If you've ever wondered why an airline flight crew is adamant about passengers turning off cell phones and other digital devices during certain portions of a flight here is the answer: EMI - or electromagnetic interference. This happens when electromagnetic energy from one source, such as a cell phone, interferes with the operation of a nearby device, such as an airplane's fuel gauge or its flight control system, which may be susceptible to dysfunction by a passenger's urgent call to inform someone, "Hey, I'm taking off now."
Electronic systems and devices are an omnipresent part of our world and are routinely susceptible to EMI. Fortunately, there are companies such as Leader Tech, a Tampa-based subsidiary of HEICO Corp. Leader Tech manufactures solutions for commercial and government customers who need to incorporate EMI protection into their products and services.
This is an industry that needs engineers, supervisors and skilled technicians, such as tool and die makers, who understand terms like conductive elastomers, ferrites and BeCu fingerstock gaskets.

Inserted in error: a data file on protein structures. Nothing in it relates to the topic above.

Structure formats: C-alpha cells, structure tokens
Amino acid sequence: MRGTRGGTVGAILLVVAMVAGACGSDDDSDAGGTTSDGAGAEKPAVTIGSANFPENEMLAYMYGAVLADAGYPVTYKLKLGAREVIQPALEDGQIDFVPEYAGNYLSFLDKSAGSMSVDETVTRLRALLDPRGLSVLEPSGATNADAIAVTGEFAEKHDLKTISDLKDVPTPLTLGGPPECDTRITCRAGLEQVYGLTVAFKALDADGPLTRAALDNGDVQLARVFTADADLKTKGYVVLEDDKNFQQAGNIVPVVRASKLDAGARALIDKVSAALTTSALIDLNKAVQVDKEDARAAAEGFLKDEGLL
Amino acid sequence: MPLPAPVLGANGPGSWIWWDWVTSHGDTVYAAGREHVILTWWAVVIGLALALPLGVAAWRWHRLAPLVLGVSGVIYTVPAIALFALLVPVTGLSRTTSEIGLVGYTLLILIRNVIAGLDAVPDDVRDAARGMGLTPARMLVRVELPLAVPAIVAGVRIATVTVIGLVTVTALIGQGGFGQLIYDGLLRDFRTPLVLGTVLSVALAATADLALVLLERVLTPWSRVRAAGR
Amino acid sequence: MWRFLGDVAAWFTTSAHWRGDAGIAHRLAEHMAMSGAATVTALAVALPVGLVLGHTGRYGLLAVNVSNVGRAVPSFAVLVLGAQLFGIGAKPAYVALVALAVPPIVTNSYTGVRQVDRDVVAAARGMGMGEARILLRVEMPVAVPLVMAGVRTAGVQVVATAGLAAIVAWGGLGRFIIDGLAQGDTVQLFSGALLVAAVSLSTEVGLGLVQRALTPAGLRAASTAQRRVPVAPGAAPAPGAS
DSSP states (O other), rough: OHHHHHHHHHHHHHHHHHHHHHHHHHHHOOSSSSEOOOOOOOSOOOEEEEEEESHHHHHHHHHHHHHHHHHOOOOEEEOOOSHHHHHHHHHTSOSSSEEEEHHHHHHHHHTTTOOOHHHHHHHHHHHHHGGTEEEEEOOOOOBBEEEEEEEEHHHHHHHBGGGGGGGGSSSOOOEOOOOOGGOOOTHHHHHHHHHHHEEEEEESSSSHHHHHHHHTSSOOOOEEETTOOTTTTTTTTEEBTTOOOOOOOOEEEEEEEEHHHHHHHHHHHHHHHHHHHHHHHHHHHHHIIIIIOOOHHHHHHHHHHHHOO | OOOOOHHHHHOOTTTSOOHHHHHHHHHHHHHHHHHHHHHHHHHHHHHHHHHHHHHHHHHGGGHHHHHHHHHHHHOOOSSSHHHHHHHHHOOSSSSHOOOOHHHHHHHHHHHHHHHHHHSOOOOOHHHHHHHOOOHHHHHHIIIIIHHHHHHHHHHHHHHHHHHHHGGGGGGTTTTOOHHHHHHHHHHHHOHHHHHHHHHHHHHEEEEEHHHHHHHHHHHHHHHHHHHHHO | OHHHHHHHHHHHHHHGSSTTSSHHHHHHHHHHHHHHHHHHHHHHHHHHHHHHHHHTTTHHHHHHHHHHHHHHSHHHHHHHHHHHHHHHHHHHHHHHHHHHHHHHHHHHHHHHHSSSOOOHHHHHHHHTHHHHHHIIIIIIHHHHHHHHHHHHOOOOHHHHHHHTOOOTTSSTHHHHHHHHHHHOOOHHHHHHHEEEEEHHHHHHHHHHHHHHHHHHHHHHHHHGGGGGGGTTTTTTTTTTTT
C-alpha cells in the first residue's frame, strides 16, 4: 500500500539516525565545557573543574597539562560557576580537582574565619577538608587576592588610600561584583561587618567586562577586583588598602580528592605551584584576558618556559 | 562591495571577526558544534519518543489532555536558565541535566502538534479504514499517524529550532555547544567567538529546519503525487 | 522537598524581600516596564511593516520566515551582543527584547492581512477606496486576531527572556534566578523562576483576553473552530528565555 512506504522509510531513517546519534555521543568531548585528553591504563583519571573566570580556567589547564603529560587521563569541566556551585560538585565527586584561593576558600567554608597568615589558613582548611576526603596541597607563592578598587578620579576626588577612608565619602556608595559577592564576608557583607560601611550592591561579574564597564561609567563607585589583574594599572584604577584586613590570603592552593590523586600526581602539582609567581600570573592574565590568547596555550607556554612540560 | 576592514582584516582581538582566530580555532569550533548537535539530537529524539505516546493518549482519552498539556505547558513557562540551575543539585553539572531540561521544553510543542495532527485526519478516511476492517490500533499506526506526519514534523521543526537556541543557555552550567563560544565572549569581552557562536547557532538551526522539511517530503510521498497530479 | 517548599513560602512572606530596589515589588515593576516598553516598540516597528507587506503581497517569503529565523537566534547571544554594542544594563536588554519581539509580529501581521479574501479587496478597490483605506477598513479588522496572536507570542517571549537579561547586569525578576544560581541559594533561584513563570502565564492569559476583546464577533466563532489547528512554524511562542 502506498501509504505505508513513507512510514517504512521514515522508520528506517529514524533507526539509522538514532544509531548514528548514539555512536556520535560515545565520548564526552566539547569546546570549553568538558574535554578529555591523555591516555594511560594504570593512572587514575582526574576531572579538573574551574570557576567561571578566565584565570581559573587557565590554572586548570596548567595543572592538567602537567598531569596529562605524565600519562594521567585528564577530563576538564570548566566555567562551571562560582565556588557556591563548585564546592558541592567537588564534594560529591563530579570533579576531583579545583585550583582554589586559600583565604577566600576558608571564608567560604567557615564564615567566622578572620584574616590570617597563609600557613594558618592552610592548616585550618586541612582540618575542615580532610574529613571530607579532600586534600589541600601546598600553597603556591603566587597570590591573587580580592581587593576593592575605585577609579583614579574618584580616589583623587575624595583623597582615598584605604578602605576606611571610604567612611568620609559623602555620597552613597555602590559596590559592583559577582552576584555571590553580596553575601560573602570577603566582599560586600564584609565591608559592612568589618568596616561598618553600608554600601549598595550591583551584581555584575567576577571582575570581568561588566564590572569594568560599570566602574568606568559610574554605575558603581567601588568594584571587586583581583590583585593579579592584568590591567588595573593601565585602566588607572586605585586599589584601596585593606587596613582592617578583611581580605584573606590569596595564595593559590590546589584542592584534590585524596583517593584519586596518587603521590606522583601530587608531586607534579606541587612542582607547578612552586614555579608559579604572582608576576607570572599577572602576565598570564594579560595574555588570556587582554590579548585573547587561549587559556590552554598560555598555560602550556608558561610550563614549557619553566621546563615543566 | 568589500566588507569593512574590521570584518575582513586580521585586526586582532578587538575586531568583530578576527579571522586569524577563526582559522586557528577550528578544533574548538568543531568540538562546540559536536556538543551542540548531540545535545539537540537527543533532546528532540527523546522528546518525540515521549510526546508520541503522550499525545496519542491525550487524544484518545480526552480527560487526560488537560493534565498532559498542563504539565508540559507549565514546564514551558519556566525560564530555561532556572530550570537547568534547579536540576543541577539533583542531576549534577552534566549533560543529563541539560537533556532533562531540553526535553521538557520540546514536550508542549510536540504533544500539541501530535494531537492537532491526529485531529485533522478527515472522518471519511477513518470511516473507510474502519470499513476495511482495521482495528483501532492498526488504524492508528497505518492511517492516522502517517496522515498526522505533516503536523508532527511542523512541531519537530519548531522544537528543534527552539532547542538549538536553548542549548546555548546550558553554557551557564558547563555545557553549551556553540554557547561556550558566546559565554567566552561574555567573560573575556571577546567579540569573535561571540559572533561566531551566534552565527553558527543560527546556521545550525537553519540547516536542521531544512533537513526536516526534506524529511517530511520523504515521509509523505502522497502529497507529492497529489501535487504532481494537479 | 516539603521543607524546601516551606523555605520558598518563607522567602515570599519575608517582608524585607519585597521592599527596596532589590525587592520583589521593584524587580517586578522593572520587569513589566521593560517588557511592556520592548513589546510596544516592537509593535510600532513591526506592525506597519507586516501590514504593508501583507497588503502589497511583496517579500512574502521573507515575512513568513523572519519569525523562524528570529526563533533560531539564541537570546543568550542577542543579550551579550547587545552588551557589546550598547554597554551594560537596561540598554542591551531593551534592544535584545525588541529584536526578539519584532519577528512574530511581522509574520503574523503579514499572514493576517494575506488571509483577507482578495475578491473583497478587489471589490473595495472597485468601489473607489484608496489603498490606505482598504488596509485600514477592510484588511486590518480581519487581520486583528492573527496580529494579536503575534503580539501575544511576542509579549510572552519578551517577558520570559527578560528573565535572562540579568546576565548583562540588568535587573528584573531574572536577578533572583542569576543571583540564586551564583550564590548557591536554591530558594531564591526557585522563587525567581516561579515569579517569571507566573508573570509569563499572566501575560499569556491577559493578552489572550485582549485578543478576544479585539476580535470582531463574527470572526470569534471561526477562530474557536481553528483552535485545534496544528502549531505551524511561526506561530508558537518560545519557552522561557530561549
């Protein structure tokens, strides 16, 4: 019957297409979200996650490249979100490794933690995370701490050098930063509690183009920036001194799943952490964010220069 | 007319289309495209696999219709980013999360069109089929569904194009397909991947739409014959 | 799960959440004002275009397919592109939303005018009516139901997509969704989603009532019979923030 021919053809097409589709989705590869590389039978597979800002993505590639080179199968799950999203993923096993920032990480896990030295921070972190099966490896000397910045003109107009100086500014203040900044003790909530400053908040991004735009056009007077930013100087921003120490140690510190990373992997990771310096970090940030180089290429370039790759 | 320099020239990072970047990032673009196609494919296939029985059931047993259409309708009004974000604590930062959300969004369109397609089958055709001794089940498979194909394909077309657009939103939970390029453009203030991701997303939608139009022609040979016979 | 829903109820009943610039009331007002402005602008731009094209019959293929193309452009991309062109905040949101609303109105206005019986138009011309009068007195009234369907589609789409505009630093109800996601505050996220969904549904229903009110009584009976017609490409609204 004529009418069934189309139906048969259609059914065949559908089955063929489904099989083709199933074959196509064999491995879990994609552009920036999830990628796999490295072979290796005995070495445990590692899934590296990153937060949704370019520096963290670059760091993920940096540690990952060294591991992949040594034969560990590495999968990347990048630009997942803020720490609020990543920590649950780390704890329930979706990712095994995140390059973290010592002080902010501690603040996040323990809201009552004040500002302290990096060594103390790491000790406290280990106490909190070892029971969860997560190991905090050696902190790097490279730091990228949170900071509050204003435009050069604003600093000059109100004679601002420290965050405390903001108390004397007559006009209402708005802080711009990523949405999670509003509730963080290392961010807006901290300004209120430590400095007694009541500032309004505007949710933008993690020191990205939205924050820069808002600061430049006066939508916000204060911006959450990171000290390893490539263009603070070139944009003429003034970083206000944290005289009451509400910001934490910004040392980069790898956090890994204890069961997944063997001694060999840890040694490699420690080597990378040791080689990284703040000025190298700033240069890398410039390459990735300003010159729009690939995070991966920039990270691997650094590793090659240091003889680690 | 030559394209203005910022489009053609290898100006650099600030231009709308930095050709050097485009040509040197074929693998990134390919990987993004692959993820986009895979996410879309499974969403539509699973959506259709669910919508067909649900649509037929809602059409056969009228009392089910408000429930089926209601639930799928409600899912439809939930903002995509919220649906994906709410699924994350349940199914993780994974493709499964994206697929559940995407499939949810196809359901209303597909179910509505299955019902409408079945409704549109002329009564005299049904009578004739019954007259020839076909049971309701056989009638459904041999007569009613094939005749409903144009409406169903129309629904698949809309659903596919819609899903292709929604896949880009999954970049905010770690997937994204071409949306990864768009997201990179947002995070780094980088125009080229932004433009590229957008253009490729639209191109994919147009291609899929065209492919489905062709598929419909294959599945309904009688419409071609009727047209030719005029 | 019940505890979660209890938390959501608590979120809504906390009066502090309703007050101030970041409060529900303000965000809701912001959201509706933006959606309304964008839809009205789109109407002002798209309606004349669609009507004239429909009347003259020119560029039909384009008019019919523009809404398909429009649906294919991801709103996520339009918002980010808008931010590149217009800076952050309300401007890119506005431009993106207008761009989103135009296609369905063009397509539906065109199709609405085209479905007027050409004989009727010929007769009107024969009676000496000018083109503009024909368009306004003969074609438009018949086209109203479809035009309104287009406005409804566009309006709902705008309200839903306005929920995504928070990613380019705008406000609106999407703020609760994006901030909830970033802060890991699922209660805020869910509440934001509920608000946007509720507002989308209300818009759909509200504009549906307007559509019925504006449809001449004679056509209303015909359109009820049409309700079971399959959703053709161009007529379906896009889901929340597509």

Laura Anderson is the human resources manager at Leader Tech and she is on a quest to find and hire such employees. Throw in a requirement to respect tight tolerances and it can be a formidable search for the right job candidate.
"Because it's such a niche industry it's kind of hard to fill those positions," she says. Anderson adds that it can take months to fill some positions. Qualifications for many of the jobs include experience in mechanical engineering, quality assurance and tool and die setup.
While the business of Leader Tech is technology, Anderson characterizes the working environment as personable. "Leader Tech is a very family-oriented company," she says.
Benefits offered by Leader Tech include medical, dental life and disability insurance as well as a 401K plan and paid vacation time.
Writer: Brad Stager
Source: Laura Anderson, Leader Tech, Inc.